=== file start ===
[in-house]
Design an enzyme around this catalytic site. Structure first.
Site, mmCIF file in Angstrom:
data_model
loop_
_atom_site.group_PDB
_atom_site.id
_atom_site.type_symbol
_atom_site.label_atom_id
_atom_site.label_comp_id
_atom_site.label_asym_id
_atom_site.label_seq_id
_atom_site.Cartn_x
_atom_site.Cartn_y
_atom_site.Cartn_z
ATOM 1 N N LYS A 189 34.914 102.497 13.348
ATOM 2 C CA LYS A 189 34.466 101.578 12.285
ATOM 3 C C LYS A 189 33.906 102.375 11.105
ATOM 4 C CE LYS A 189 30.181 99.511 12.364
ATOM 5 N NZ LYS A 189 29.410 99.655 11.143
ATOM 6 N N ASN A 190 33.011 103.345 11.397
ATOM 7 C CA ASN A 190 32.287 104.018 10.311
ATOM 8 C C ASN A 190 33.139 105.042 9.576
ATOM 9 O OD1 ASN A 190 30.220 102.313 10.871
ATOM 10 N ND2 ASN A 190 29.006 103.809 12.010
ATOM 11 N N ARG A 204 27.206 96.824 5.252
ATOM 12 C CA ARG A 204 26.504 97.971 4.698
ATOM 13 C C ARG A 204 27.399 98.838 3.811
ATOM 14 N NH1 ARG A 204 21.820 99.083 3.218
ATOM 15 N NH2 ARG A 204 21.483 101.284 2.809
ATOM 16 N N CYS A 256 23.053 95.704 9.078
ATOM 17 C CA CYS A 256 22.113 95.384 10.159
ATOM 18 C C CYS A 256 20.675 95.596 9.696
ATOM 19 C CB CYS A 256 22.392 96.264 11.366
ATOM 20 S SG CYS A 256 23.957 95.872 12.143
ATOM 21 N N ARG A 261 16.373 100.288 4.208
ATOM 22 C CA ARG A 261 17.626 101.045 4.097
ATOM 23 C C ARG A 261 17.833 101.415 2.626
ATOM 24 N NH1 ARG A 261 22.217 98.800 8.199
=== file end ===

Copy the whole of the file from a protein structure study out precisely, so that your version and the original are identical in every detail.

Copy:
[in-house]
Design an enzyme around this catalytic site. Structure first.
Site, mmCIF file in Angstrom:
data_model
loop_
_atom_site.group_PDB
_atom_site.id
_atom_site.type_symbol
_atom_site.label_atom_id
_atom_site.label_comp_id
_atom_site.label_asym_id
_atom_site.label_seq_id
_atom_site.Cartn_x
_atom_site.Cartn_y
_atom_site.Cartn_z
ATOM 1 N N LYS A 189 34.914 102.497 13.348
ATOM 2 C CA LYS A 189 34.466 101.578 12.285
ATOM 3 C C LYS A 189 33.906 102.375 11.105
ATOM 4 C CE LYS A 189 30.181 99.511 12.364
ATOM 5 N NZ LYS A 189 29.410 99.655 11.143
ATOM 6 N N ASN A 190 33.011 103.345 11.397
ATOM 7 C CA ASN A 190 32.287 104.018 10.311
ATOM 8 C C ASN A 190 33.139 105.042 9.576
ATOM 9 O OD1 ASN A 190 30.220 102.313 10.871
ATOM 10 N ND2 ASN A 190 29.006 103.809 12.010
ATOM 11 N N ARG A 204 27.206 96.824 5.252
ATOM 12 C CA ARG A 204 26.504 97.971 4.698
ATOM 13 C C ARG A 204 27.399 98.838 3.811
ATOM 14 N NH1 ARG A 204 21.820 99.083 3.218
ATOM 15 N NH2 ARG A 204 21.483 101.284 2.809
ATOM 16 N N CYS A 256 23.053 95.704 9.078
ATOM 17 C CA CYS A 256 22.113 95.384 10.159
ATOM 18 C C CYS A 256 20.675 95.596 9.696
ATOM 19 C CB CYS A 256 22.392 96.264 11.366
ATOM 20 S SG CYS A 256 23.957 95.872 12.143
ATOM 21 N N ARG A 261 16.373 100.288 4.208
ATOM 22 C CA ARG A 261 17.626 101.045 4.097
ATOM 23 C C ARG A 261 17.833 101.415 2.626
ATOM 24 N NH1 ARG A 261 22.217 98.800 8.199